There is no 'overkill' only 'open fire' and 'I need to reload'. -Schlock Mercenary
 
RoyalScion
Eh... so what could be done is a use of electro-magnetic containment fields to hold the anti-matter? Granted, there would be a need for super-redundant fail-safe systems, but I think the integration of anti-matter weaponry into certain weapons could be interesting... take for example if an Arbiter could fire projectiles containing anti-matter (Infeasible I know due to the huge stress of firing a projectile on the projectile... there would be a high chance of the projectile exploding on the way out of the barrel)

An idea would be to either scrap the electron idea and use pure positrons (would have be dangerous but feasible) or use the resulting energy from an anti-matter collisin (positron/electron) to produce huge amounts of energy for a DEW.

 
Nemmerle

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RagingBlueWind wrote:
remember, mass for mass, a nuclear explosion should still be more powerful due to the equation E=mc^2.

Power:
P = (energy transferred) / (time taken)
Or
P = delta E over delta t

Both the same thing really but the second one is easier to remember.
 
Glacialis
I don't know where the heck it went so far off-topic...

1) Flinging antimatter is dangerous because of the storage requirements. Too dangerous for deployment in a battlefield environment? In my opinion, yes

2) We are already converting matter to energy with ICAs. However inefficiently it is being done, the fact of the matter is that such devices can be installed on strikecraft, and in quantity onboard larger ships. Meaning, this is safer than antimatter. Antimatter may or may not be more destructive, but it's rather a moot point due to the dangers of using it.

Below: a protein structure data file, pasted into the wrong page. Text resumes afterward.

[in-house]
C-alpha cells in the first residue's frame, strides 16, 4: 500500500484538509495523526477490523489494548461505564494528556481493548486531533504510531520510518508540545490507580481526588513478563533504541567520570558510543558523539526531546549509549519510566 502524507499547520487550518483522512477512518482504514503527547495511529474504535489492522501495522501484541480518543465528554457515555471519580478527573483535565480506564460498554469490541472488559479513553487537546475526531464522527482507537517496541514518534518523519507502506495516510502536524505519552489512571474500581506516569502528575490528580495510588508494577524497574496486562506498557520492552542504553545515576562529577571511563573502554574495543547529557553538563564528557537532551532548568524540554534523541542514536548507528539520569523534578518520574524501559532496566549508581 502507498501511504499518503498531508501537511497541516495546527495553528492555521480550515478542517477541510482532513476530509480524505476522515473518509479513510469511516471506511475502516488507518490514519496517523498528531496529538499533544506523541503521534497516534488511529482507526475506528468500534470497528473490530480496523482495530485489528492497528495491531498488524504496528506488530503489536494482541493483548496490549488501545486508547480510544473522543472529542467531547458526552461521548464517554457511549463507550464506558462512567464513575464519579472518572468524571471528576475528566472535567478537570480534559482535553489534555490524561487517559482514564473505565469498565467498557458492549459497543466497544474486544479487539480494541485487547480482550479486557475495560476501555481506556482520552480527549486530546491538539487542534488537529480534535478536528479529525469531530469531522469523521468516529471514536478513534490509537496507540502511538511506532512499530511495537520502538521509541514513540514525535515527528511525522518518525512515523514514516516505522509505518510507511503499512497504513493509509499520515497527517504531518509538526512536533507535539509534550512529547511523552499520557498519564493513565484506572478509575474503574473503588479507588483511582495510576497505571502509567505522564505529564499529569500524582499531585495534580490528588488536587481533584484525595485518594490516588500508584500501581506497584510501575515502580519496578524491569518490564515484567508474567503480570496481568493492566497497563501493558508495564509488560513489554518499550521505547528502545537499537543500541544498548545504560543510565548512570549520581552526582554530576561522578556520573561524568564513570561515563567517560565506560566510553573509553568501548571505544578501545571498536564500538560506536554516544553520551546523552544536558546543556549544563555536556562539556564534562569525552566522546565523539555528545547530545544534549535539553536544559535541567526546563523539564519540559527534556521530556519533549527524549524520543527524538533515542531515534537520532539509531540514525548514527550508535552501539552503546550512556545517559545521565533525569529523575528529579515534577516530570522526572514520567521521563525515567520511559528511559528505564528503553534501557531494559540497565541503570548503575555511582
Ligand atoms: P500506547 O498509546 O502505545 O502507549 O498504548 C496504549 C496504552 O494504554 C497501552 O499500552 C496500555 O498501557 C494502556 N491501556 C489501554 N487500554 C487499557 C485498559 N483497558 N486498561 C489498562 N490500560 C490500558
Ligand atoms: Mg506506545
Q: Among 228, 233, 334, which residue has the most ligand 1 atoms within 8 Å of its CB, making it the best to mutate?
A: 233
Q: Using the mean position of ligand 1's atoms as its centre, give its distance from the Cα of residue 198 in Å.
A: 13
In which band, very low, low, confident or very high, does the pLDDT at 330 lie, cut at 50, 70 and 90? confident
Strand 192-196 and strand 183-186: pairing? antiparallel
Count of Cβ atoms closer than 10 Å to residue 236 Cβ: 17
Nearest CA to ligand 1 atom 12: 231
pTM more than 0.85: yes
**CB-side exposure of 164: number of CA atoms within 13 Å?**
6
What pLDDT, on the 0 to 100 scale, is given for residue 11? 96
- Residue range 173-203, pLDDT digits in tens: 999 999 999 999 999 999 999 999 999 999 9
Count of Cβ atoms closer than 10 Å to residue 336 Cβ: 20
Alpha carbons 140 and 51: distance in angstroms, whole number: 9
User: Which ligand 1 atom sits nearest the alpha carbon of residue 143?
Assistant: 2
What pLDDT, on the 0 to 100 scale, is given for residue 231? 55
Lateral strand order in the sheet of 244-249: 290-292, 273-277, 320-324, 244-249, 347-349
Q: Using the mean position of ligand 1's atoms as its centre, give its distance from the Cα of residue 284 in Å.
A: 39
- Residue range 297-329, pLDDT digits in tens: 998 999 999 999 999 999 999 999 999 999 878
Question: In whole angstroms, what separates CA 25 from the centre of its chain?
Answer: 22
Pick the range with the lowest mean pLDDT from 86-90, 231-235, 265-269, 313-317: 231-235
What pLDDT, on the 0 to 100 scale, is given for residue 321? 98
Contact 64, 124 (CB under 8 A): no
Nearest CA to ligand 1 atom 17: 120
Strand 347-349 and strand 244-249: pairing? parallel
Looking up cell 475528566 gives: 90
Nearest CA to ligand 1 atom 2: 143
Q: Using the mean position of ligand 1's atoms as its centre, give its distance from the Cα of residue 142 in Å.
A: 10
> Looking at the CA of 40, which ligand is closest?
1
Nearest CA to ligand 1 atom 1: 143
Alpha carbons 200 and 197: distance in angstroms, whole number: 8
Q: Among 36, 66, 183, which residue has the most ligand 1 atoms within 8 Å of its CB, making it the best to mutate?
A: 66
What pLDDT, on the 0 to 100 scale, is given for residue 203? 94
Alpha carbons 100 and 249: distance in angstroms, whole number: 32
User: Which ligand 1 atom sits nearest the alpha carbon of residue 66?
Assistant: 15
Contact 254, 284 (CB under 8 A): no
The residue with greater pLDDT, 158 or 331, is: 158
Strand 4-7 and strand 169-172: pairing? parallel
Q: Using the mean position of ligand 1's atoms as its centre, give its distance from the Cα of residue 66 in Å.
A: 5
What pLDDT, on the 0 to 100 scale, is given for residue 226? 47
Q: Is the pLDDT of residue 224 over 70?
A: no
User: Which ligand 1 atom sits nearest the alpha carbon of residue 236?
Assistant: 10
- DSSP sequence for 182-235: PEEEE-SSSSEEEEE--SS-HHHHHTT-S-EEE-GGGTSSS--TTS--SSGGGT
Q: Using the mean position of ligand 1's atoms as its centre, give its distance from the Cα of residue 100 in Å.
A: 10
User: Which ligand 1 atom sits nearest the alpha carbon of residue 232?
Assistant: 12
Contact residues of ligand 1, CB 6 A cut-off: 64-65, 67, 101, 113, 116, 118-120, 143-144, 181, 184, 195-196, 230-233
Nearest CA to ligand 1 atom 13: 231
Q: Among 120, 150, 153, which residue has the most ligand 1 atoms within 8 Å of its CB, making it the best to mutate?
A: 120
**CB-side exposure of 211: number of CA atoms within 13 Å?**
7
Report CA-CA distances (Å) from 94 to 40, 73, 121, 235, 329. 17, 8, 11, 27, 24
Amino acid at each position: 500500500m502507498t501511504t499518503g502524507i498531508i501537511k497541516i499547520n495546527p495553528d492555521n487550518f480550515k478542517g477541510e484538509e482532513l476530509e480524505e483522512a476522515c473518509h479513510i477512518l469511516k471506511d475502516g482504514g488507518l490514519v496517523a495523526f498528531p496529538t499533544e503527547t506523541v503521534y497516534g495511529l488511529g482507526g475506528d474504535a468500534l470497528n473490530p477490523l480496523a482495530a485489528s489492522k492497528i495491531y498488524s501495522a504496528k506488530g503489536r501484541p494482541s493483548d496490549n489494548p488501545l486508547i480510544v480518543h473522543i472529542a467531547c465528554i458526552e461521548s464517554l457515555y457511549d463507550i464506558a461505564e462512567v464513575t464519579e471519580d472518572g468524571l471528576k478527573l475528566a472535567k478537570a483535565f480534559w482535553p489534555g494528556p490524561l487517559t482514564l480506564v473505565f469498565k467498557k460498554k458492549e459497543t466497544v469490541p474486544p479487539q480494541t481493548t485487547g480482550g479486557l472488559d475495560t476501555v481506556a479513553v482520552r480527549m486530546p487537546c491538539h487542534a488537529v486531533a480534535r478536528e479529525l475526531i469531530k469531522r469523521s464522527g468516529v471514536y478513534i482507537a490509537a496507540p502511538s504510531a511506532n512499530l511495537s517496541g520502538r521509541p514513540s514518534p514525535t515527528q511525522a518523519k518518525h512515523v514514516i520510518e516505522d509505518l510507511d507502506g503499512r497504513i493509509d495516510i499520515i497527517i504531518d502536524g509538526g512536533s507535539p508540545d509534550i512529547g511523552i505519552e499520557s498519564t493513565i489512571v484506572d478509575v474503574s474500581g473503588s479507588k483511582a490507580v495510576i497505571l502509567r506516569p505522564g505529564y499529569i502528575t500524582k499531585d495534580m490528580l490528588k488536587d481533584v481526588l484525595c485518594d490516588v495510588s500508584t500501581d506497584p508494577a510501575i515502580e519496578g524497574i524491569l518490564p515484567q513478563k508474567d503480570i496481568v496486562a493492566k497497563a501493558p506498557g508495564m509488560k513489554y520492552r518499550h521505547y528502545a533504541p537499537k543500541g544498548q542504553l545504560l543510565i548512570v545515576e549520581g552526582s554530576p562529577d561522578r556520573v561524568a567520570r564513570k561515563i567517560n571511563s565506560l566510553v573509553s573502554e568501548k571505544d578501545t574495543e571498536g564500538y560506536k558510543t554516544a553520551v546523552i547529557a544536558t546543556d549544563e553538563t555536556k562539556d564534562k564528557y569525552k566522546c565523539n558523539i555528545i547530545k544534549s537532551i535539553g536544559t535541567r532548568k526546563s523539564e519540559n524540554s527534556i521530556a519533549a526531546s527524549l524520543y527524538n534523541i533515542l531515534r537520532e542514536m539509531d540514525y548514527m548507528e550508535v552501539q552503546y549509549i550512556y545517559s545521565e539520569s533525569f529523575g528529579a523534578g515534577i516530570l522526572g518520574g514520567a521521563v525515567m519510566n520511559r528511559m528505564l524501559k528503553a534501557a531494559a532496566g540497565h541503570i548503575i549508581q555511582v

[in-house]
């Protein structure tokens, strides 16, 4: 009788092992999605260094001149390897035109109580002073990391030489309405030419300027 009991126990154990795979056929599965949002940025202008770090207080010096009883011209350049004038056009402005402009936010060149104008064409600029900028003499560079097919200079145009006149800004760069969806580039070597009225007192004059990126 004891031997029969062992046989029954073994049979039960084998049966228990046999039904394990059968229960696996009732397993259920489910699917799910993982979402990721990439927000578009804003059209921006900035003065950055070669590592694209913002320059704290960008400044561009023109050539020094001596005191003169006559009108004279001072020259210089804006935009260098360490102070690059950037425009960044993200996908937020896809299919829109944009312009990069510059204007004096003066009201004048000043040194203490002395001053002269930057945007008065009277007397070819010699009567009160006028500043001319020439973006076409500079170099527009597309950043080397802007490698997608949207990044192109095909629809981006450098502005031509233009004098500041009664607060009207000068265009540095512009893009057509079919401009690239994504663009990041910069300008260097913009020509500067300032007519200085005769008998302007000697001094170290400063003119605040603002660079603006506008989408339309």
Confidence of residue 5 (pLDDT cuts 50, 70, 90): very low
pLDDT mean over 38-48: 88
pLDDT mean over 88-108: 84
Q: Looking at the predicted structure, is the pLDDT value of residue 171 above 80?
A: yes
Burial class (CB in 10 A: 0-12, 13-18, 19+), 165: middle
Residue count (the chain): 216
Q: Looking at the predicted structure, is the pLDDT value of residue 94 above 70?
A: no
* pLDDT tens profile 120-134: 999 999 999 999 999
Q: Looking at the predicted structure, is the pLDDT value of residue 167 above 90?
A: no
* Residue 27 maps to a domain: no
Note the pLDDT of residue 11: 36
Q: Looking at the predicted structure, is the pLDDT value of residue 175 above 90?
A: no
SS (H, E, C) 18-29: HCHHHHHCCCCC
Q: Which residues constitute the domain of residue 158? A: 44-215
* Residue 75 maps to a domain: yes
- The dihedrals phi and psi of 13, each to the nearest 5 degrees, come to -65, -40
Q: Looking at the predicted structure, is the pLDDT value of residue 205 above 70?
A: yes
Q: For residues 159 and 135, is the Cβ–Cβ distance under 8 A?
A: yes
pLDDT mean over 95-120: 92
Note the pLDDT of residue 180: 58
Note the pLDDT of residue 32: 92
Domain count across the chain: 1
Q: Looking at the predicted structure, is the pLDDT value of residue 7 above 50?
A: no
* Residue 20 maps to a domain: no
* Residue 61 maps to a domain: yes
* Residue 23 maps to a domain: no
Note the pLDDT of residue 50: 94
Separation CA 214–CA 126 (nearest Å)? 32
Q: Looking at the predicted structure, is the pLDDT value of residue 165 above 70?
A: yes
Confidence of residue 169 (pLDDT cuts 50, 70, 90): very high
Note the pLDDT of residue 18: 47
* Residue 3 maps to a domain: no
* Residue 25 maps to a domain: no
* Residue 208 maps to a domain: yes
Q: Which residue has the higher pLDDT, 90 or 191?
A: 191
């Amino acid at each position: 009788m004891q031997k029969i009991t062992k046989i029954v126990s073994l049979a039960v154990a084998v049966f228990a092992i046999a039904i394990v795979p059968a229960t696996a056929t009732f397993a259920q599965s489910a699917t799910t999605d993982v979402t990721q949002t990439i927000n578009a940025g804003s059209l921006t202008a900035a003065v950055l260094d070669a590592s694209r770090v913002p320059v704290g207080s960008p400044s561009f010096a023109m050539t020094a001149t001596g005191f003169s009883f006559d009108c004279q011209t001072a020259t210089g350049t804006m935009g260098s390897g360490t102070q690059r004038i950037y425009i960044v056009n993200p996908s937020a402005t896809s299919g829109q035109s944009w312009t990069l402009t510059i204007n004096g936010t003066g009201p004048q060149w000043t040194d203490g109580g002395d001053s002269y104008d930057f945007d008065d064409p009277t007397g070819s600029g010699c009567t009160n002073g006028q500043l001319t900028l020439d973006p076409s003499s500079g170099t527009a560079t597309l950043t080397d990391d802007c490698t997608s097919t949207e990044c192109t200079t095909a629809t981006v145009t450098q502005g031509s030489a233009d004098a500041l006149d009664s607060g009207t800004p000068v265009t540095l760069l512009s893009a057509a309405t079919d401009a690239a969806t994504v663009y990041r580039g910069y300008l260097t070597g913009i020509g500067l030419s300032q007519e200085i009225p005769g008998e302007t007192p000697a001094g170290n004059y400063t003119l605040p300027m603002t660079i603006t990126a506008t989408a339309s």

3) The discussion on whether or not kinetic rounds or antimatter(?) would be more effective: Directing the released energy is the hard part. A kinetic round moving at relativistic (c-fractional) velocities is going to do a lot of damage. Chunks of matter tearing through internal systems are arguably much more damaging than some energy beam trashing/vaporizing a chunk of the outer hull. If that beam has penetration, sure, it might be comparable -- as our ion cannons (standard, assault, Pl, Li) do.

All of this leads to one final point:

Antimatter is not TEH UB3R!1!!

Antimatter is extremely dangerous to handle, for little appreciable gain compared to weaponry we already have.

Functioning as a power source or assisting with some other technological feat -- anything but as a weapon -- I can see it. Why? Because it will never leave the highly controlled and likely heavily armored section of an installation/vessel it's installed on. Only in the most extreme of controlled circumstances would antimatter be viable. And since we're talking about employment in a situation where there is extreme violence on a regular basis?

Antimatter is not TEH UB3R!1!!
 
CIWS

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RoyalScion wrote:
Eh... so what could be done is a use of electro-magnetic containment fields to hold the anti-matter? Granted, there would be a need for super-redundant fail-safe systems, but I think the integration of anti-matter weaponry into certain weapons could be interesting... take for example if an Arbiter could fire projectiles containing anti-matter (Infeasible I know due to the huge stress of firing a projectile on the projectile... there would be a high chance of the projectile exploding on the way out of the barrel)


Super-redundant failsafes that-

1.) If built into the ship cut into your internal volume, thus descreasing the amount of other important things like fuel, ammunition, and supplies you can carry.

2.) Built into the shell- takes up a lot of internal room, decreasing the yield of the weapon while at the same time making the projectile much more expensive... especially since you have to shield these electronics heavily enough they don't get EMPed by the railgun firing, and make them sturdy enough that they don't fail under the acceleration shock.